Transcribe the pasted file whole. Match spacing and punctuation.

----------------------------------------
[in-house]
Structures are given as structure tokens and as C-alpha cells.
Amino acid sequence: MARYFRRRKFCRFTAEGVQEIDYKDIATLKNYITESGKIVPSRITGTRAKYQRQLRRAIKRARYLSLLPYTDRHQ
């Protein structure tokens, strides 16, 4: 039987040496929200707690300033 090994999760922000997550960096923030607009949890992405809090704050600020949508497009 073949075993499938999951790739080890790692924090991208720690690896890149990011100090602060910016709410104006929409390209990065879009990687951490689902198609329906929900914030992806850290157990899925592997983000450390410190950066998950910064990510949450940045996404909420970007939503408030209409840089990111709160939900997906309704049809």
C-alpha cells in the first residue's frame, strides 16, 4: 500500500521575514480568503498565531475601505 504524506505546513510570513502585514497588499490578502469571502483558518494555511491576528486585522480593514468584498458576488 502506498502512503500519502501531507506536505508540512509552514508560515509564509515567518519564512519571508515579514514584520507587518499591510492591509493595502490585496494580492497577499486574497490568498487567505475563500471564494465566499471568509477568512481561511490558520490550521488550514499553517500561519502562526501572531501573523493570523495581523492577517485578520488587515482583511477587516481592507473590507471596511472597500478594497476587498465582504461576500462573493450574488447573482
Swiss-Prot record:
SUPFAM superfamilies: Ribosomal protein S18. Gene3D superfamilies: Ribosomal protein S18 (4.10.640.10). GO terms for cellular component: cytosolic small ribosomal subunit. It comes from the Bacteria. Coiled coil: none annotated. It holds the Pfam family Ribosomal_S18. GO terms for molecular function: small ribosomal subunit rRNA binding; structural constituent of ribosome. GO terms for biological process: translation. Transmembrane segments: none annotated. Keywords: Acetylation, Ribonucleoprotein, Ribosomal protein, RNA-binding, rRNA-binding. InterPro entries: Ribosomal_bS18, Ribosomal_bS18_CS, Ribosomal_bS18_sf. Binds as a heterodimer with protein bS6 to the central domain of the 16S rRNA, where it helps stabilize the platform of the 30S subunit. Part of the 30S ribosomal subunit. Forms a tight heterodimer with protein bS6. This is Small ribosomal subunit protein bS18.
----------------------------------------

[in-house]
Structures are given as structure tokens and as C-alpha cells.
Amino acid sequence: MARYFRRRKFCRFTAEGVQEIDYKDIATLKNYITESGKIVPSRITGTRAKYQRQLRRAIKRARYLSLLPYTDRHQ
């Protein structure tokens, strides 16, 4: 039987040496929200707690300033 090994999760922000997550960096923030607009949890992405809090704050600020949508497009 073949075993499938999951790739080890790692924090991208720690690896890149990011100090602060910016709410104006929409390209990065879009990687951490689902198609329906929900914030992806850290157990899925592997983000450390410190950066998950910064990510949450940045996404909420970007939503408030209409840089990111709160939900997906309704049809």
C-alpha cells in the first residue's frame, strides 16, 4: 500500500521575514480568503498565531475601505 504524506505546513510570513502585514497588499490578502469571502483558518494555511491576528486585522480593514468584498458576488 502506498502512503500519502501531507506536505508540512509552514508560515509564509515567518519564512519571508515579514514584520507587518499591510492591509493595502490585496494580492497577499486574497490568498487567505475563500471564494465566499471568509477568512481561511490558520490550521488550514499553517500561519502562526501572531501573523493570523495581523492577517485578520488587515482583511477587516481592507473590507471596511472597500478594497476587498465582504461576500462573493450574488447573482
Swiss-Prot record:
SUPFAM superfamilies: Ribosomal protein S18. Gene3D superfamilies: Ribosomal protein S18 (4.10.640.10). GO terms for cellular component: cytosolic small ribosomal subunit. It comes from the Bacteria. Coiled coil: none annotated. It holds the Pfam family Ribosomal_S18. GO terms for molecular function: small ribosomal subunit rRNA binding; structural constituent of ribosome. GO terms for biological process: translation. Transmembrane segments: none annotated. Keywords: Acetylation, Ribonucleoprotein, Ribosomal protein, RNA-binding, rRNA-binding. InterPro entries: Ribosomal_bS18, Ribosomal_bS18_CS, Ribosomal_bS18_sf. Binds as a heterodimer with protein bS6 to the central domain of the 16S rRNA, where it helps stabilize the platform of the 30S subunit. Part of the 30S ribosomal subunit. Forms a tight heterodimer with protein bS6. This is Small ribosomal subunit protein bS18.